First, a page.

I SPOTTED a survey earlier this week which listed the ten most under-used household gadgets to be found in kitchens in the United Kingdom. It had been carried out by an insurance group who wanted to know what people were spending their money on and then not using. I don't know why they wanted to know, but possibly it was so they could refuse to pay out if any of the items listed were stolen or destroyed on the grounds that their owners never used them in the first place so why should they get a new one on the insurance money. Actually, they didn't need to do a survey, they could have saved some of their profits and just given me a call. Because I could have told them immediately what the number one under-used gadget was. And lo and behold my answer would have been the same as the survey's conclusion. A sandwich toaster. It would, I think, be easier to count the number of people who haven't got a sandwich toaster tucked away somewhere than to count those who have or had one. Surprisingly, this isn't a new innovation, it's been around for a long time, so a couple of generation of people have continued the tradition of buying one and then not getting round to using it very often. On the face of it the idea of a sandwich toaster is a good idea. Toasted sandwiches are a tasty and healthy snack. Probably imported from America, they became all the rage in the sixties and seventies when pubs added them to their snack menus. So the next step was obviously to get a gadget which did the job, rather than having to do it under the grill, where a charred sandwich was a distinct possibility. So out we all went and bought a toaster, rushing home to get it heated up and extract our first perfect sandwich. And perfect they were. Neat little triangles of browned but not blackened toast containing the filling. What's more the gadget came with a recipe book extolling the virtues of the toasted sandwich and suggesting novel ways of using it for both sweet and savoury sandwiches. Success on a plate, you would think. But the clues as to why so many of the gadgets lie unused and unloved emerged early. Firstly, the recipes. For a successful toasted sandwich you need something that melts, ie cheese. Just plain ham or cold meat won't do, it will just make a rather unappetising dry sandwich. Neither can you use green salad ingredients, or any dressing which might make the sandwich soggy. Some cheeses won't melt either. Sweet ingredients don't bear thinking about. So you were usually left with cheese, probably Cheddar, and additions of ham, onions, tomatoes and a few other savoury things. Nothing wrong with that, it's an updated version of that most comforting of snacks, cheese on toast. But when you extracted your little triangles of perfectly toasted sandwiches you discovered that far from being warm they contained cheese which had turned into molten lava and after serving them to unsuspecting children you had to rush in and yell a warning before they took a bite. Many a child ignored this example of 'mother knows best' and you then had to calm a shrieking offspring with a badly burnt mouth. Incidentally, talking of mother knows best, or in this case, grandma knows best, my grandson was warned by me last night that taking a bite out of a red chilli pepper wouldn't be a good idea. He loves to eat raw sweet peppers, especially the long curved red ones, so he grinned at me and ignored the warning, took a nibble and chewed it up with apparent satisfaction. Seconds later he leapt across the kitchen, jumped onto the draining board and held his mouth under a running tap for quite a long time. Grandma forebear saying 'told you so', although it was tempting. But back to the toaster. Once you had made your sandwiches you discovered that although you had been extra careful positioning the ingredients in the sandwich some of it inevitably escaped and ran over the side and burnt, making the toaster very difficult to clean when cold and impossible to hold and clean when still warm. Telling everyone that any food poisoning bacteria would 'burn off' didn't go down too well and eventually you dumped the thing in a cupboard and went back to the grill. Time heals, and some of us forgot the snags and re-bought another machine, I even got one free when I bought a kettle and a conventional toaster together. We now have one shaped like a pig, which was last used about six months ago to burn someone's mouth with a mozzarella and plum tomato sandwich and is now back on the shelf. Also on the list was an electric bread knife, a bread maker and a coffee machine, along with various other 'essentials'. I can understand the bread maker, which you quickly discover only makes one tiny loaf which the family eats in seconds clamped round the Cheddar, and the bread knife, which seems silly when an ordinary bread knife works just as well and just as quick. Smoothie The coffee machine I think is arguable if you like real coffee, although I find a plastic filter with a paper filter inside sitting on top of the cup or a jug works just as well and needs less cleaning. To the list I would add all machines which take longer to clean than to do the job by hand in the first place. These must include the latest gadget, a smoothie maker, which I bought at Christmas for the children and which does indeed make lovely fruity drinks but which has lots of bits and pieces to clean afterwards, and getting ground up banana or apple off a glass jug when it has dried to pebble dash is not easy. Although I think women are more likely to buy gadgets than men, and like nice up-to-date ones in the latest design style (or gadgets which do the same job as your old one did but your old one is in last year's colour). Men are not immune. My husband once bought me a bacon slicer, which he assured me would produce nice even slices of bacon at the thickness we wanted them. He didn't think of the snag, which was that you had to get hold of unsliced bacon, even then not easy, and that the machine may have sliced most of it neatly but you always finished up with a bit of bacon four inches thick because the machine couldn't cope with the end bit. He also came home one day with the miracle potato skin remover which was alleged to take the skin off even tough potatoes and did, if you had the handle turning ability of Guy the Gorilla and didn't mind potatoes which looked as if they had been rasped all over with a particularly rough piece of sandpaper. This was soon consigned to the same fate as the miracle runner bean string remover which removed so much of the string that all you were left with was a quarter of an inch of the centre of the bean, so that a pound of beans yielded about two ounces of edible vegetable. I'm surprised that the survey stuck to the kitchen, there are many other under-used gadgets in other parts of the house, such as the ear wax remover, the nasal hair clipper and the I don't want to know any more about it electric blackhead remover for those who presumably have electric blackheads. I'm not anti all gadgets, to be truthful I love them. I would nominate the best ever kitchen gadget as being the food processor, which has taken the hard work out of so many jobs and is eternally useful. Some cooks decry it saying food tastes better when prepared by hand but they are talking out of their bouef en croute. Two more things. Firstly Caradon has just started some kind of parking card scheme which sounds great until you note that by buying one you will save a massive ten pence on two pounds worth of parking. Hardly worth the room in your wallet another card will take up. Regarding parking cards, someone pointed out to me that a system for these cards had already been set up by the county. Called the Cornish Key Card it acts as library card, half price on buses in Cornwall card and for an experimental parking scheme in some Cornish car parks. I've got one, and use it as a library card; but what happened to the much heralded lower price parking for residents scheme which was in operation in some places? Saltash being one of them. And why does Caradon have to start a new scheme when one is already in place? Another case of the ratepayers' bottomless pit I suppose. Secondly, a Mr Browning from Looe has written with another possible answer as to why there is an area called Porcupine in the exotic location of St Blazey Gate. He was told some time ago that it is derived from Port Cupine, which reflected that at one time barges could navigate inland that far. Any more readers with any more interesting snippets of local history are welcome to write in.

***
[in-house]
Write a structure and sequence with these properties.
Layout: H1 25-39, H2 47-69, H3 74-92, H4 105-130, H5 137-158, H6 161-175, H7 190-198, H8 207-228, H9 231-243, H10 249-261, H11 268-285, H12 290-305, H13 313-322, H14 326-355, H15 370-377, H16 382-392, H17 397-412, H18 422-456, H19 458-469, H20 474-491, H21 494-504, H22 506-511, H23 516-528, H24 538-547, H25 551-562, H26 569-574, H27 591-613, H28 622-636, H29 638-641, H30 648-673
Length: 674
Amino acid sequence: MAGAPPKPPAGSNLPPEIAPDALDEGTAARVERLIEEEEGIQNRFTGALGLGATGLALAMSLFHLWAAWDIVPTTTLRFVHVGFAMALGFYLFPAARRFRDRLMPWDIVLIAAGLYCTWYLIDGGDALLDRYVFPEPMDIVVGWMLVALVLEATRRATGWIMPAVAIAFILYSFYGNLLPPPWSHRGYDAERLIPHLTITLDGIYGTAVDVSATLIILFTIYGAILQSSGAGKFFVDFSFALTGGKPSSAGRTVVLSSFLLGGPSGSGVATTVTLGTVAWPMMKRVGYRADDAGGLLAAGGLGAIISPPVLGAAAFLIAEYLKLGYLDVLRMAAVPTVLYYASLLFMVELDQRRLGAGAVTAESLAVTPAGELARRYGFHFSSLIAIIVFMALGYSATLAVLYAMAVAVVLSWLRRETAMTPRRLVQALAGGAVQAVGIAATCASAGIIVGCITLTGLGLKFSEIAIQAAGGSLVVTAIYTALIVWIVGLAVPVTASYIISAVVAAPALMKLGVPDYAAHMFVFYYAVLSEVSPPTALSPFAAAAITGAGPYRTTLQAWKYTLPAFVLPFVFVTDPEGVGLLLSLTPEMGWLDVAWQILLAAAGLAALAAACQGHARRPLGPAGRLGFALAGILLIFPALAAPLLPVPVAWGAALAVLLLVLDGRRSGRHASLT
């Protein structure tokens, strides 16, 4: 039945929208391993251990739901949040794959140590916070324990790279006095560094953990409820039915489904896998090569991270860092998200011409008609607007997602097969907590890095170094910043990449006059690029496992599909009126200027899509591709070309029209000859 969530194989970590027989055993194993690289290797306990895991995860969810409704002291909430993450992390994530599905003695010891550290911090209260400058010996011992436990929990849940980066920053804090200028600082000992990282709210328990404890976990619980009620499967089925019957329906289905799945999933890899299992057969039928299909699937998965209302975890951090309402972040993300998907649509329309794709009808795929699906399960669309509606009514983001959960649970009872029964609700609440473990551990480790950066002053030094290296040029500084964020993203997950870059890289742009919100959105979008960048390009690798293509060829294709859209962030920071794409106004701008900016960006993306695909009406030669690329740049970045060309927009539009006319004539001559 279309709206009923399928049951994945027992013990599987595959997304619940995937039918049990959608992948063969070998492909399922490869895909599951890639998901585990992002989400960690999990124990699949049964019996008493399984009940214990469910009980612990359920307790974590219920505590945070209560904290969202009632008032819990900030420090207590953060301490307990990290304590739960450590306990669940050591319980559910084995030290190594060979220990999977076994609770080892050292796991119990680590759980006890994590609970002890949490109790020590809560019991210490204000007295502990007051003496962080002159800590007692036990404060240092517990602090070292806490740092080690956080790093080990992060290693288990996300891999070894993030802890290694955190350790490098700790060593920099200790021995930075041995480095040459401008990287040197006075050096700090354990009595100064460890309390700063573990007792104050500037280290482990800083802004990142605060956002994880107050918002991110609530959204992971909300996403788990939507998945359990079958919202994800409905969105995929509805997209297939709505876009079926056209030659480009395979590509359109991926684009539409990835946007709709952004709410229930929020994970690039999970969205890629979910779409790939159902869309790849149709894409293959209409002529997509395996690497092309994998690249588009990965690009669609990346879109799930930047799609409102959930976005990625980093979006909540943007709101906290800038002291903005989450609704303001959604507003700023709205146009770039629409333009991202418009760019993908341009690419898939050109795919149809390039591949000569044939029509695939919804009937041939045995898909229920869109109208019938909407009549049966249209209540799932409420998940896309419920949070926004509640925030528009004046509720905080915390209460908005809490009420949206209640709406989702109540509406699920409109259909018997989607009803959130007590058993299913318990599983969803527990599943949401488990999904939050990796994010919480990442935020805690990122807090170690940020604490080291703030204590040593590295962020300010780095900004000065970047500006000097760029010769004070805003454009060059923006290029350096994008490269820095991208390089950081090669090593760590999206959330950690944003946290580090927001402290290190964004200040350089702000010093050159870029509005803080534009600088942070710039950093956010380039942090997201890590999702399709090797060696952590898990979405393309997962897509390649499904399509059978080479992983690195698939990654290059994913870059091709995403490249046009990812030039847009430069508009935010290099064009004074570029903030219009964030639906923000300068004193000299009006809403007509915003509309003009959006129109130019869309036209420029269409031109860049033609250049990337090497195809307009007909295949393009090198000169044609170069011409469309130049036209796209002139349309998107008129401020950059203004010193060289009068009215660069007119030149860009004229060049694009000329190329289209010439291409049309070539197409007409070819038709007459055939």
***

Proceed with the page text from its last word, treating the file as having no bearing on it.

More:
Thursday 30th September 2004 10:00 pm